The “Odyssey” commercial for Levi’s showcased engineered jeans. It revived the battered image and reclaimed the once-lost youth market.
To follow up on the success of ‘Twist,’ Levi’s asked Bartle Bogle Hegarty in 2002 for a new ad campaign for Levi’s Engineered Jeans. As their first major innovation away from their standard 501 and five-pocket design, Levi Strauss introduced the twisted side seam. Since the sales of its 501 jeans were declining, it created this new sub-brand to attract a new generation of consumers.
When it came to Levi’s jeans, the “Jeremy Clarkson effect” scared away potential young customers because of the brand’s connection with chubby, middle-aged males.
The brief was to “Bring dramatic attention to how Levi’s engineered jeans are ergonomically designed to fit the contours of your body.”
Levi’s engineered jeans were to be marketed to impressionable 14–24-year-olds as a way to boost sales. BBH had figured out a key insight: that this demographic wanted to live life without constraints.
The brief reached Gavin Lester and Anthony Goldstein who conceived the idea. The idea was pretty quick to arrive at, and they took inspiration from movies like “Crouching Tiger, Hidden Dragon” and “Fight Club”. Typically, in agency circles, a script is written. However, this time around, they created a narrative visual board of the idea to bring the concept to life.
Jonathan Glazer, one of advertising’s most celebrated filmmakers, directed the film, which was filmed in Budapest and finished at Framestore, a British animation company. The project, which reportedly cost £2.5 million ($3 million) and took six months to complete, serves as a monument to the power of commercial cinema while also redefining what a commercial might be. A mixture of real-world effects and cutting-edge computer images were used in this film.
Nicolas Duvauchelle plays a young guy who unlocks a door, steps back, and emotionally prepares himself for the odyssey ahead. Then he takes off. This room’s door was opened, followed by rooms after that by openings in the walls. Another runner, a lady (played by Antoinette Sugier), joins him as he bursts into each vacant room. They finally come to a halt, exhausted. They exchange a quick look as they get ready for the next leg of the adventure – out of the outer brick wall, up through the trees and into the sky, it’s there.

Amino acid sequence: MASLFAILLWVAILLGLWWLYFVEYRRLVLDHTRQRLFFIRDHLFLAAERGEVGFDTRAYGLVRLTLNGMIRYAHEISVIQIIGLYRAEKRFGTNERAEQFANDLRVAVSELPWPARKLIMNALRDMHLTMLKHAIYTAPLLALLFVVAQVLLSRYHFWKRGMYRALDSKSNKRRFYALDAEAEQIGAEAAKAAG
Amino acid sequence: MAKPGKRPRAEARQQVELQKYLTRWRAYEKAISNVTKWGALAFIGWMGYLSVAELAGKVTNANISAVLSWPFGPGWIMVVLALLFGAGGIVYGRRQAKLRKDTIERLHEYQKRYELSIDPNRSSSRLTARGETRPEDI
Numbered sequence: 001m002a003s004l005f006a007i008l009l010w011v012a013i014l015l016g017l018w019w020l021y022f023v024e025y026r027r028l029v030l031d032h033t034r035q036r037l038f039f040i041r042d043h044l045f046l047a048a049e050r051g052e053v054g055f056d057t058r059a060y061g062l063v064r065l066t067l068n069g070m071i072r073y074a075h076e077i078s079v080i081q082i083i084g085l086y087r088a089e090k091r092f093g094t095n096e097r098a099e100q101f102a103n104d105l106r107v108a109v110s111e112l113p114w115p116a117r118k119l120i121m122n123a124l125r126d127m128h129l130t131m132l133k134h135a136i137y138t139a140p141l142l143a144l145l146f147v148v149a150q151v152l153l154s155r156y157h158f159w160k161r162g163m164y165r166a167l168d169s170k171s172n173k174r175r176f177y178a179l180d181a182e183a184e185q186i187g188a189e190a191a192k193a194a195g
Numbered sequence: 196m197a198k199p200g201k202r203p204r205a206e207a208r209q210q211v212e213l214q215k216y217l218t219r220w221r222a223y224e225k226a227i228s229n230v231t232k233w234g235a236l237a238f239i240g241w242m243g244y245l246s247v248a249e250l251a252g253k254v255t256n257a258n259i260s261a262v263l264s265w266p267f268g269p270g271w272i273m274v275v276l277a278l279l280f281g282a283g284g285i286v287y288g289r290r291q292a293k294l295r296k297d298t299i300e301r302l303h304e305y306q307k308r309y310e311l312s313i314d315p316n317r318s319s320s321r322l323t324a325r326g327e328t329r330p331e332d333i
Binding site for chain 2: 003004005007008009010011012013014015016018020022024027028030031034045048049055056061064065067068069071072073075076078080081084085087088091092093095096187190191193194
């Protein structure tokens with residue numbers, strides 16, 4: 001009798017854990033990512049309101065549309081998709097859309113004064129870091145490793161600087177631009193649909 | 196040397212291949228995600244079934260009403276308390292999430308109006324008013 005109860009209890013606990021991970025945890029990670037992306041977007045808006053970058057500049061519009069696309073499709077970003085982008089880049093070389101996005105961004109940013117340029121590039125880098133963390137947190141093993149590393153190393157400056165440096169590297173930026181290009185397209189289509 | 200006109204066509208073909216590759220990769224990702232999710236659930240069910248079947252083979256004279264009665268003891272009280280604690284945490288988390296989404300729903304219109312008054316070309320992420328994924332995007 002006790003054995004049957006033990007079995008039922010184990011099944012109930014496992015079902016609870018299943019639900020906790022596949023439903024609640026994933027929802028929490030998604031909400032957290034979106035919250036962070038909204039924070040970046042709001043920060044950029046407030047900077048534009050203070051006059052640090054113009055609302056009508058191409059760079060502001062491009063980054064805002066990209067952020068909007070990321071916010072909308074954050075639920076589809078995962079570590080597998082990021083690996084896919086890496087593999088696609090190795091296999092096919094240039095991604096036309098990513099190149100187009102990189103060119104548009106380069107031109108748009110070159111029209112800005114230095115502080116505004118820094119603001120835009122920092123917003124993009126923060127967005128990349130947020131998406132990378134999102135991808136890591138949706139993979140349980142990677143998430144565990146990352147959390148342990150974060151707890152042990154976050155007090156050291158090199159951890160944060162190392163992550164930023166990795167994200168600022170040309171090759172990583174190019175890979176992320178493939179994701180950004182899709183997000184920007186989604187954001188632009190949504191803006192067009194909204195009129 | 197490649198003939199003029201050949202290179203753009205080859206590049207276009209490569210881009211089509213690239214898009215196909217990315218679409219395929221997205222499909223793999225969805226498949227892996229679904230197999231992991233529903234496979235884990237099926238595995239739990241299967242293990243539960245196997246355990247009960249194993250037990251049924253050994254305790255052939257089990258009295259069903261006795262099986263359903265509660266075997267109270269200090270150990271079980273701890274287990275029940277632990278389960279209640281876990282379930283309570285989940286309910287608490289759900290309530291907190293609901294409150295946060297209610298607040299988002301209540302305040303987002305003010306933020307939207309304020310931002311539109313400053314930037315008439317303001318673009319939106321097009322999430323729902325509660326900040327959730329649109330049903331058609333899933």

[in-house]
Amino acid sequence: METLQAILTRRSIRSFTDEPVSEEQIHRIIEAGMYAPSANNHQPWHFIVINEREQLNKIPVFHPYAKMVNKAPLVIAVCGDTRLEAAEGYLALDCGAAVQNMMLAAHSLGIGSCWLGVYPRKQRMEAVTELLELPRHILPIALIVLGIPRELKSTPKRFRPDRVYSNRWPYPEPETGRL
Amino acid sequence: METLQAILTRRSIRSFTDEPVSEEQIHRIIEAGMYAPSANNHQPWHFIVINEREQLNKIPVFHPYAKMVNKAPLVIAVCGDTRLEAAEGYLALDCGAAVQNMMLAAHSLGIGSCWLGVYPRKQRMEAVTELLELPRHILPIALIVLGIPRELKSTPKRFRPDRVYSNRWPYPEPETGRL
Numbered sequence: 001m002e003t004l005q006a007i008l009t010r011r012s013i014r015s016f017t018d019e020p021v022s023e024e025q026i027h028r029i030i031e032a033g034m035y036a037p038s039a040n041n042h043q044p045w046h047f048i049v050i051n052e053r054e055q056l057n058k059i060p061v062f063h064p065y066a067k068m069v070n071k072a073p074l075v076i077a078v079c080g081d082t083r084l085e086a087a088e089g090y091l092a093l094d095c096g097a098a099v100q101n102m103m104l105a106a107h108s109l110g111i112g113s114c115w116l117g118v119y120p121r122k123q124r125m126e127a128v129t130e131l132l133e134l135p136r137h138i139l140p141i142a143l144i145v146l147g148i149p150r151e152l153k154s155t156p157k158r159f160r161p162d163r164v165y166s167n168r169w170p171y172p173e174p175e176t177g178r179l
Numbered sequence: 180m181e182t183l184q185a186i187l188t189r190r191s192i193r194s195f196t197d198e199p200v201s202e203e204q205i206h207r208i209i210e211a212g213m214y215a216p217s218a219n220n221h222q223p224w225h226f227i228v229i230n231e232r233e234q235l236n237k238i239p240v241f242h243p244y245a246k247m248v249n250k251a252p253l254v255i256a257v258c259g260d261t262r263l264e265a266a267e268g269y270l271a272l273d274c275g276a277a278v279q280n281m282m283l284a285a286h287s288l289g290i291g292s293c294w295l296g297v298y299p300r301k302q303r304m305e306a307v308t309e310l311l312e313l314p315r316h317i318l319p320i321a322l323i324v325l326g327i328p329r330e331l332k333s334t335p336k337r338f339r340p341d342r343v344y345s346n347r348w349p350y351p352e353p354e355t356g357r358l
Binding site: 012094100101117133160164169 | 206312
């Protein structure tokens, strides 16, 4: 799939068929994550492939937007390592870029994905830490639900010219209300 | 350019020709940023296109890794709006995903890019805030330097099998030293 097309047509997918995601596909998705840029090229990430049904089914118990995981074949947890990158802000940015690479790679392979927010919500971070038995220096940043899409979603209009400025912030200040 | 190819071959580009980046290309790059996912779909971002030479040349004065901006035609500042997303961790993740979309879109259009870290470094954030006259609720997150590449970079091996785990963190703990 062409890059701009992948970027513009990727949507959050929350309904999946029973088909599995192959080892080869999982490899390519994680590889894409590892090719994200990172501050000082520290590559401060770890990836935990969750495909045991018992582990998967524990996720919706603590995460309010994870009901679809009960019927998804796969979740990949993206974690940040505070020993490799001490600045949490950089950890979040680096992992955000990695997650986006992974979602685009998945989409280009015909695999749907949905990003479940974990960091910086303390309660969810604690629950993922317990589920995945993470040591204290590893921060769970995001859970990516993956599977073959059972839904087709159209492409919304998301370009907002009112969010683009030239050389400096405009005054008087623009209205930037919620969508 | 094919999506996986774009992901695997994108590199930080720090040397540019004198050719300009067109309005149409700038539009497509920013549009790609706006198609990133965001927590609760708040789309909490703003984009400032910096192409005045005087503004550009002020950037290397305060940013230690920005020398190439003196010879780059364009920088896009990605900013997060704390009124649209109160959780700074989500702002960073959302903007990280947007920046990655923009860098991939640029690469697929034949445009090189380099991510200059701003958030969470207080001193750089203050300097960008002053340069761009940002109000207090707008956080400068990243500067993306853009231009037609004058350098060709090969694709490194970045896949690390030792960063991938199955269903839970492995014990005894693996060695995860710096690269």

In order to achieve a realistic performance, Glazer had the two performers sprint through 16 imaginary walls at full speed, creating actual smoke and particle effects. The original ending was going to be the building that they smashed through collapsing at the very end. However, due to 9/11, Lester & Goldstein had to find a new ending, and director Jonathan Glazer helped provide it.
On the first day of the shoot, the models discovered that far from allowing them ‘freedom to move’, they could barely walk in them, let alone jump or fly. The jeans had to be sent back to be redesigned to fit before shooting could continue.
Framestore’s creative director, Murray Butler, said that the filming was so taxing that he “nearly couldn’t complete the commercial.”
For the first time, Levi’s used classical music in one of their commercials, a departure from its usual use of pop tunes; “Sarabande” from Handel’s Solo Harpsichord Suite in D Minor is the soundtrack for a 60-second commercial that has no dialogue. The tagline “Freedom to move” sums it up well in the end.
The sound and music were designed/engineered by Johnny Burn and arranged by John Altman, who used a late-classical chamber orchestra—22 strings, flute, clarinet, bassoon, three French horns, and timpani.
Negating the Clarkson Effect, the new Levi’s Engineered Jeans was mythologized by the Odyssey as something that may let you break through walls, float into the air, and race up trees.
A 200% increase in sales, particularly among 14–24 year-olds, and “the company’s fastest line to one million units in history.”
Special thanks to Gavin Lester for giving me the key insights.